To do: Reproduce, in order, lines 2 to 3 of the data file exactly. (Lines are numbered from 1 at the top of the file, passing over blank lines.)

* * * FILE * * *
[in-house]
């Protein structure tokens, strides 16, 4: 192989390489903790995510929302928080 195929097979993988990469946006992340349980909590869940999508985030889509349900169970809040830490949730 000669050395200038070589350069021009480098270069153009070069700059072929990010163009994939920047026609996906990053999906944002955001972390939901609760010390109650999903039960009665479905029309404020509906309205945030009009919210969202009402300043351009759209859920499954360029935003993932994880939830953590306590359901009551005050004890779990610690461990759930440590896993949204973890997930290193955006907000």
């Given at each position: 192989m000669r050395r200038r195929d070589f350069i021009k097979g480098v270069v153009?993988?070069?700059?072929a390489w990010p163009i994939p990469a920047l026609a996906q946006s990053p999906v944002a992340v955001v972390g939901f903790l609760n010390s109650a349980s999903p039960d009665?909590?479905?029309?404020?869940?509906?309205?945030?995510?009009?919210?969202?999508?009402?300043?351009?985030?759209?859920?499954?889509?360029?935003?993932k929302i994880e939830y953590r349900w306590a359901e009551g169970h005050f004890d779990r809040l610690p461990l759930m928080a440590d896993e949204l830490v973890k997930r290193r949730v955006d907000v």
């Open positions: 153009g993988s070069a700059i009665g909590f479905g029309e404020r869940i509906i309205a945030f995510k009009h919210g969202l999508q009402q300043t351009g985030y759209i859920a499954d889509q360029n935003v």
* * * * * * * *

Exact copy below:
């Protein structure tokens, strides 16, 4: 192989390489903790995510929302928080 195929097979993988990469946006992340349980909590869940999508985030889509349900169970809040830490949730 000669050395200038070589350069021009480098270069153009070069700059072929990010163009994939920047026609996906990053999906944002955001972390939901609760010390109650999903039960009665479905029309404020509906309205945030009009919210969202009402300043351009759209859920499954360029935003993932994880939830953590306590359901009551005050004890779990610690461990759930440590896993949204973890997930290193955006907000």
């Given at each position: 192989m000669r050395r200038r195929d070589f350069i021009k097979g480098v270069v153009?993988?070069?700059?072929a390489w990010p163009i994939p990469a920047l026609a996906q946006s990053p999906v944002a992340v955001v972390g939901f903790l609760n010390s109650a349980s999903p039960d009665?909590?479905?029309?404020?869940?509906?309205?945030?995510?009009?919210?969202?999508?009402?300043?351009?985030?759209?859920?499954?889509?360029?935003?993932k929302i994880e939830y953590r349900w306590a359901e009551g169970h005050f004890d779990r809040l610690p461990l759930m928080a440590d896993e949204l830490v973890k997930r290193r949730v955006d907000v």